Planning A Family Reunion

Organizing a family reunion is a great way to get in touch with relatives and learn about family history. Family bonds can weaken when members move away.

Family bonds can weaken when members move away, scattering relations many miles from each other. It's not surprising for people to have cousins and uncles they've never met. But as the years pass on, a lot of fascinating stories may be lost if these connections aren't made. Organizing a family reunion is a great way to get in touch with relatives and learn about family history.

It's usually a good idea to plan the reunion in the area with the highest concentration of family members, but you may want to consider the needs of older people who may find travel difficult. Often it's the older family members who can contribute the most to the event, so if Granny lives 500 miles away from the rest of the family it may be better to take the party to her. You might also consider holding the reunion in an area with other activities, such as parks or beaches. The reunion could be integrated into a longer vacation instead of expecting members to travel long distances for a one-day event.

If there aren't many family members nearby to help provide food, drinks, or the location itself, you'll have to rent a hall or park area and arrange for catering. This can be expensive, especially if the family is large. But unlike other events, it's not unreasonable to ask for a financial contribution from family members to offset costs. It shouldn't be a requirement of attendance, of course - if funds are tight, perhaps other family members could "sponsor" other members by paying their share.

Don't expect everyone to just sit around and chat, of course. Kids will need to be kept entertained. It helps if the reunion will be held in a park with a playground, a home with play equipment and toys or a pool. If the party is in a rented hall, set aside a play area for the kids and have nearby members bring toys to share, craft activities. Games are great for both kids and adults, and encourage interaction. Stick with the theme when possible - bring family photo albums to share, show old home movies and slides.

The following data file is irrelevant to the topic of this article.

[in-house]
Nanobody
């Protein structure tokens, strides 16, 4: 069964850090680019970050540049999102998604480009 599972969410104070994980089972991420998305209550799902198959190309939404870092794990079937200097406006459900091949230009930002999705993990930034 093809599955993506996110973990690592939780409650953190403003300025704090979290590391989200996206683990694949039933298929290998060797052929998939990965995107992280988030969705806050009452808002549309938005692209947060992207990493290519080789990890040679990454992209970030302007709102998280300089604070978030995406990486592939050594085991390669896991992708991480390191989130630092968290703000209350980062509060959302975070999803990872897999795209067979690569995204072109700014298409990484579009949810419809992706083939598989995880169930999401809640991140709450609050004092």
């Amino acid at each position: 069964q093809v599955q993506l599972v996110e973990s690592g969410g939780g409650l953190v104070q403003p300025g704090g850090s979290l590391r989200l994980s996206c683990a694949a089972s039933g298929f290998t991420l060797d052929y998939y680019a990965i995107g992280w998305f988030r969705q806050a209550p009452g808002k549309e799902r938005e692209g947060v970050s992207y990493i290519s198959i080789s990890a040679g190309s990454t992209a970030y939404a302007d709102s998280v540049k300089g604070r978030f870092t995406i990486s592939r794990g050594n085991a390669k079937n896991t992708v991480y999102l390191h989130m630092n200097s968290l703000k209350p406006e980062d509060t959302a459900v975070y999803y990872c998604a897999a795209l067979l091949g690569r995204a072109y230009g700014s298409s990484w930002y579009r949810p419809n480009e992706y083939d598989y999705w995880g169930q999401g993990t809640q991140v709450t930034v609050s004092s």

The biggest obstacle to a family reunion is dealing with family members that don't get along, or are prone to causing difficulties. You may wish to hold the reunion in the morning/early afternoon and not serve alcohol, if it may be a concern. Encourage family members to put aside their differences for the greater good, if possible, and provide opportunities for people to avoid each other if needed. It can be a stressful, awkward time - but it can also be an opportunity for reconciliation.

Each member should have something to take home with them to commemorate the event, besides photos and memories. Try putting together a booklet with photocopies of family photos, distribute them, and have members collect signatures and short messages from others. Someone might wish to videotape the event and copy it to pass along, or make copies of photos to put in small albums. If the reunion is a huge event, you might even consider hiring a photographer. Write questions in advance for "interviews" and compile the results. Let everyone sign a tablecloth with permanent marker, and display it at the next reunion.

Depending on the size of your family, organizing a reunion can be an overwhelming responsibility. However, time passes quickly and opportunities for re-connecting may soon be lost. Babies won't be little for long, and there's a lot of information to be gained by chatting with your grandmother. No one person should be expected to do it all - ask for help. You might be surprised by the favorable response, and it can be an emotionally rewarding and fascinating experience.

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